“I spent many years longing to go to Africa, because of what that continent offered in its wilderness and great diversity of free-living animals.  Finally I realized that dreams seldom materialize on their own.  To avoid further procrastination I committed myself to a three-year bank debt in order to finance a seven-week safari throughout those parts of Africa that most appealed to me…

Two of the main goals of my first African trip were to visit the mountain gorillas…and to meet Louis and Mary Leakey…(Days after breaking an ankle with the Leakeys) and aided by a walking stick carved by a sympathetic African encountered along the road, I, the hired driver, and a dozen porters carrying the basics of camping gear and food began the arduous five-hour climb to the remote Kabara meadow…I shall never forget my first encounter with the gorillas…

…I felt a sense of panic while watching Alan fade into the foliage near the descending edge of the Kabara meadow.  He was my last link with civilization as I had always known it.  I clung on to my tent pole simply to avoid running after him.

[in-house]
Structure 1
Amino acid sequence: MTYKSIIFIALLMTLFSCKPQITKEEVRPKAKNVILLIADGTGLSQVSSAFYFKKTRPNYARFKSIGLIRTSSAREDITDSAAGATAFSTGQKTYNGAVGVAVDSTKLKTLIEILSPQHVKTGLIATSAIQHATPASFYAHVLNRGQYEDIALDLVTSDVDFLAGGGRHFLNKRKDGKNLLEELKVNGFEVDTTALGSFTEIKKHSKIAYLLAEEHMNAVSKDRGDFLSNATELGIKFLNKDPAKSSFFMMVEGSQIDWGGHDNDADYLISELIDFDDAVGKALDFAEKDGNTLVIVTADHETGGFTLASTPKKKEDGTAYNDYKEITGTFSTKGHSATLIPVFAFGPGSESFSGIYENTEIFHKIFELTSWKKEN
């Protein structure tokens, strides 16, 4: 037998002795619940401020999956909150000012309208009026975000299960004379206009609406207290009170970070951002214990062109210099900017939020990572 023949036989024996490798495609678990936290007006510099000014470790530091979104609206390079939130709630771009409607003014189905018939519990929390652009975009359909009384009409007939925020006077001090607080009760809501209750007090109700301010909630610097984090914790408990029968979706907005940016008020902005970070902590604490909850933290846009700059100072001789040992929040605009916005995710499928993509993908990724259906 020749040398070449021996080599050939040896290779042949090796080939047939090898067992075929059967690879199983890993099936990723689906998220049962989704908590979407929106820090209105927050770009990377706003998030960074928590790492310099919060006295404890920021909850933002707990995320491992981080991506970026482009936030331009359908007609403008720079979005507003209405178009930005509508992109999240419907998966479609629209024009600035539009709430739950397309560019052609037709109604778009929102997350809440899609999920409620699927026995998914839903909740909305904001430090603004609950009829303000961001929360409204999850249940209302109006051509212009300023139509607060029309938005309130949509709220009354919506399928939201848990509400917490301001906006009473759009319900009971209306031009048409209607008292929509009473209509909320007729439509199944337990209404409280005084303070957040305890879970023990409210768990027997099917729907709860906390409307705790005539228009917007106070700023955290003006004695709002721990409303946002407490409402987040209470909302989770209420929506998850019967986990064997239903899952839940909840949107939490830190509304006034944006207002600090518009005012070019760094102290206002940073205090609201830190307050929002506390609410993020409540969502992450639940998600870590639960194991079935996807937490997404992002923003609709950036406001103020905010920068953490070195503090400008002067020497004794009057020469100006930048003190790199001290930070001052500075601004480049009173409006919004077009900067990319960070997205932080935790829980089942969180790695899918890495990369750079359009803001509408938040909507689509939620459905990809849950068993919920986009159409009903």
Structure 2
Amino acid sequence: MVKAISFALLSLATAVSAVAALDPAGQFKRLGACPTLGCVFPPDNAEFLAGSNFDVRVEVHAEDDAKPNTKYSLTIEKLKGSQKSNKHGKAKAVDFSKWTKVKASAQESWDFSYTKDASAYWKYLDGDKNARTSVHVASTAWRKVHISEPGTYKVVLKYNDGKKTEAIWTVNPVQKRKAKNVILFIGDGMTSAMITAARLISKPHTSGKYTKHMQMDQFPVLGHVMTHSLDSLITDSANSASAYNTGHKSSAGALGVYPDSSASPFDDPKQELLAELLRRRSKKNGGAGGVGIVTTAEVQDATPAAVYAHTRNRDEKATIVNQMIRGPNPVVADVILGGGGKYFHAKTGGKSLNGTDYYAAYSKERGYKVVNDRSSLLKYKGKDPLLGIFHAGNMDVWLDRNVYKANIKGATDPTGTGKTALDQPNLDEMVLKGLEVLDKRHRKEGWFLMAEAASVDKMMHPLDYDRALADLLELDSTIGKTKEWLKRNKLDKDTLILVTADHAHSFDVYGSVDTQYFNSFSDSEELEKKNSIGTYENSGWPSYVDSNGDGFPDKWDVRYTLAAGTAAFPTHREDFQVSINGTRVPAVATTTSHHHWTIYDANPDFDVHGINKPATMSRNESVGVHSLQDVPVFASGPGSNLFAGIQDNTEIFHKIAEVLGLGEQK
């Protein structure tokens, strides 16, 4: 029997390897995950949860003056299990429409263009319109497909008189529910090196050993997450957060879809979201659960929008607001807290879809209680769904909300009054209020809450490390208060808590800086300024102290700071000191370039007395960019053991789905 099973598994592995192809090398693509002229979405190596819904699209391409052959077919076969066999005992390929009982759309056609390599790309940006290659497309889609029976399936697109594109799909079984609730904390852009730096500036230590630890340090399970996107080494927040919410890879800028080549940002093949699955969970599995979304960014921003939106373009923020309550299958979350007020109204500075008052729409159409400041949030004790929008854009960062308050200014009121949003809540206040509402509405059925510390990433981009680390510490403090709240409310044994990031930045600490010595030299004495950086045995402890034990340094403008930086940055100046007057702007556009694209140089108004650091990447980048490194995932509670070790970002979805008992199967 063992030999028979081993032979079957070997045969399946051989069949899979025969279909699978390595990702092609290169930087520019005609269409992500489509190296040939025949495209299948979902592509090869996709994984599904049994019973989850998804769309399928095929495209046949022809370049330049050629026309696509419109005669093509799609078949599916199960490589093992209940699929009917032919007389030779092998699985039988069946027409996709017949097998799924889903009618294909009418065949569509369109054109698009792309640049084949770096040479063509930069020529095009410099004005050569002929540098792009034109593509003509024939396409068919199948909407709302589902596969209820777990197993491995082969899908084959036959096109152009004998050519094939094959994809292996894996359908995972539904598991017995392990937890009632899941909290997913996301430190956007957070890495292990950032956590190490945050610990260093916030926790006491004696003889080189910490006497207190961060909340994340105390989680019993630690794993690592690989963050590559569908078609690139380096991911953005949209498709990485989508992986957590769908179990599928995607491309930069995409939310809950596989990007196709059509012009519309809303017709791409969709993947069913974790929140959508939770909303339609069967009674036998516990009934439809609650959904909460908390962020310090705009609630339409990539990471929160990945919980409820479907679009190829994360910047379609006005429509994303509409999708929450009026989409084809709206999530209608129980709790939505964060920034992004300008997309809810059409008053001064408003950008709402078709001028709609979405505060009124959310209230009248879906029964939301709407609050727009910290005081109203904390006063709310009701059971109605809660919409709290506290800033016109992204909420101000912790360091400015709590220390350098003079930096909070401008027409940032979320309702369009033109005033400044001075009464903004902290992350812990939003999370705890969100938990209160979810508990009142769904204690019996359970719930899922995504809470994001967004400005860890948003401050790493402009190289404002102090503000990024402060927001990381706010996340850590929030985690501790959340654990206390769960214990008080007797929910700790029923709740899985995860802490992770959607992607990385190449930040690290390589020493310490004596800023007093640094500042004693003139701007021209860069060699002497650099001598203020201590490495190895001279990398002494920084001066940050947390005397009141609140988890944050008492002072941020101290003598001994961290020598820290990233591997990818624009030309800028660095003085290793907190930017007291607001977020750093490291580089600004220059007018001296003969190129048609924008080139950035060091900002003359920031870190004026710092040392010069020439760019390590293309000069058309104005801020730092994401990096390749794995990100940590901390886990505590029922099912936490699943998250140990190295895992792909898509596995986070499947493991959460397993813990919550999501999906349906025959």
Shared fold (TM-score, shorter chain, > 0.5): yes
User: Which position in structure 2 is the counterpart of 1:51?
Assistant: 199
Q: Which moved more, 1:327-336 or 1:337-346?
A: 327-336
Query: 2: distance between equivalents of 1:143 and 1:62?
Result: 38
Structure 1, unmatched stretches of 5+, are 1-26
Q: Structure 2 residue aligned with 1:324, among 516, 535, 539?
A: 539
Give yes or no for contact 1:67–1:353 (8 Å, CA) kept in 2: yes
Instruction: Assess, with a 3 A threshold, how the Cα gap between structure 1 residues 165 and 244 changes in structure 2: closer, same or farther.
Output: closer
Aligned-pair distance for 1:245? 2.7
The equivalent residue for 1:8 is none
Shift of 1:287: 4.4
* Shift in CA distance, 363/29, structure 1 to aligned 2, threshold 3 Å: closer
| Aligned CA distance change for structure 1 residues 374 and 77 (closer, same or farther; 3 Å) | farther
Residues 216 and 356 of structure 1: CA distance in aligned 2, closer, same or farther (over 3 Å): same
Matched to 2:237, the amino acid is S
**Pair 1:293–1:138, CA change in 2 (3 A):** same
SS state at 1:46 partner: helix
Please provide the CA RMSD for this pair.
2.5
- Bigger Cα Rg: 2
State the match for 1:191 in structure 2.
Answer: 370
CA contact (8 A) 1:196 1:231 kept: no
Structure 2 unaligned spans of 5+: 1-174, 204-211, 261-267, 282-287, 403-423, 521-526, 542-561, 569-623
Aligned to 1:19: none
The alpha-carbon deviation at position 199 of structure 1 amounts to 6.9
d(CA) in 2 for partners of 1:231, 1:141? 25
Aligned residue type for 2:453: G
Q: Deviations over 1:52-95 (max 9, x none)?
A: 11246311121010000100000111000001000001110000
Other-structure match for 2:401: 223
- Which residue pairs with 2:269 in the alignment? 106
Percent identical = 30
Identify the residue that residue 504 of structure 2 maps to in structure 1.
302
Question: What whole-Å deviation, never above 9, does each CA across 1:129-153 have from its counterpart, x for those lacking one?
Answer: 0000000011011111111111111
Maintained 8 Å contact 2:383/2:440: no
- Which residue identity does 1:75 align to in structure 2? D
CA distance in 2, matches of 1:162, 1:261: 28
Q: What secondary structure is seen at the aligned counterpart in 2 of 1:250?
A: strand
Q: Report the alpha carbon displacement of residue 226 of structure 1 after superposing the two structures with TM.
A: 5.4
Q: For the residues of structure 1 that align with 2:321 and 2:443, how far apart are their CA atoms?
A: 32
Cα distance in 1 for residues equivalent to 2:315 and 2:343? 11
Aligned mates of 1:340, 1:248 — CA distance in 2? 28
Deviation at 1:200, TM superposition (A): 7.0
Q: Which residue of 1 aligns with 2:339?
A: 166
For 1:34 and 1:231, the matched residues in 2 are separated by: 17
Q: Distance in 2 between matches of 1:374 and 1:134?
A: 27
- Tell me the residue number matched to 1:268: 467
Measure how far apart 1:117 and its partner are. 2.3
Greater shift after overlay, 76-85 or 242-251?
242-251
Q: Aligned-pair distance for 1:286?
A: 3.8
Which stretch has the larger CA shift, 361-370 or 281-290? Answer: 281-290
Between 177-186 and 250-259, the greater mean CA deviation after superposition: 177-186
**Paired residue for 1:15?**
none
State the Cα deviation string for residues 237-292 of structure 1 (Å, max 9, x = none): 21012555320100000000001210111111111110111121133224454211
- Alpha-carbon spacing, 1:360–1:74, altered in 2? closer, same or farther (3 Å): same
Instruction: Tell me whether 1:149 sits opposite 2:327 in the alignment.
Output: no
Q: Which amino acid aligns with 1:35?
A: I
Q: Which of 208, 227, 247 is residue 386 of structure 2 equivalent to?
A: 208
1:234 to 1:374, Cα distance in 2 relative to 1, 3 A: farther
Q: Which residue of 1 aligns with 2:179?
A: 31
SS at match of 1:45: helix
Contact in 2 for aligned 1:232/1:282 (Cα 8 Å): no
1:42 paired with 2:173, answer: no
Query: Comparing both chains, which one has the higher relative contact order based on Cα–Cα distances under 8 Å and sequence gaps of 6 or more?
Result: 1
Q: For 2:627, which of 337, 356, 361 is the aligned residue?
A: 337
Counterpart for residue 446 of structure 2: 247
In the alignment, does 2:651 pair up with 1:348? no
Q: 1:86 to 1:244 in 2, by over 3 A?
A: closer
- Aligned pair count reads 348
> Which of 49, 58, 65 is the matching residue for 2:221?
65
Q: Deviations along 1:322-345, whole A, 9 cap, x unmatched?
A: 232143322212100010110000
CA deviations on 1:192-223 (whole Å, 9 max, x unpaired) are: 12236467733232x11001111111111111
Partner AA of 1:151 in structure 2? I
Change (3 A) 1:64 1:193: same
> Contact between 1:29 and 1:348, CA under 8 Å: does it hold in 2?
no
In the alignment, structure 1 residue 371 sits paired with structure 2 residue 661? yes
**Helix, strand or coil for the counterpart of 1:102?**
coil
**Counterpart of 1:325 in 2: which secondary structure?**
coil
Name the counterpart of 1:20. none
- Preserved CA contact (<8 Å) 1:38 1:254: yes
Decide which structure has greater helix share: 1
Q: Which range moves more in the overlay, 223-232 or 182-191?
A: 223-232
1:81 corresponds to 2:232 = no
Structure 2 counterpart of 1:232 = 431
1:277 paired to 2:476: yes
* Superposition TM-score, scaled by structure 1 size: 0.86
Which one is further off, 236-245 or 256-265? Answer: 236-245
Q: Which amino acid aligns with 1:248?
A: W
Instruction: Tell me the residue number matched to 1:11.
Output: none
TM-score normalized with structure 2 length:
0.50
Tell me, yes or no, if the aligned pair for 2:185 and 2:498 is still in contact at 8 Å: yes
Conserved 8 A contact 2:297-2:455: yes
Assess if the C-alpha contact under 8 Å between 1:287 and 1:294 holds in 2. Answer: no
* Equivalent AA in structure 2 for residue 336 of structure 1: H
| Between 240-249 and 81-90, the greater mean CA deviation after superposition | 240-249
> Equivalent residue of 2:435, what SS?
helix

…After several days of interrogation in Kisoro, where the word had been relayed that I would be shot on sight if I tried to go back to Zaire, I drove to Kigali, the capital of Rwanda for further questioning…In Nairobi I learned that I had been declared missing and assumed dead by the United States Department of State. …

…Whenever approaching a group for a contact I always tried to select an observational point containing a good solid tree for the gorillas to climb.  There were many times, however, when logistics gave way to fatigue.  This was especially true after I had climbed for several hours up forty-five-degree slopes, had waded through a morass of muddy trails, had to hack my way through pillared vegetation, or had been crawling on my hands and knees for a length of time through punishing foliage like nettles.  My nose, a most protrusive one, suffered more nettle stings than the rest of my body, which was protected by heavy gloves, long under wear, heavy jeans, socks, and high boots.  Most people, when thinking of Africa, envision dry plains sweltering under a never-ending sun.  When I think of Africa, I think only of the montane rain forest of the Virungs–cold and misty, with an average annual rainfall of seventy-two inches.”  (Dian Fossey was later murdered in Africa because of her commitment to the endangered species she studied.)


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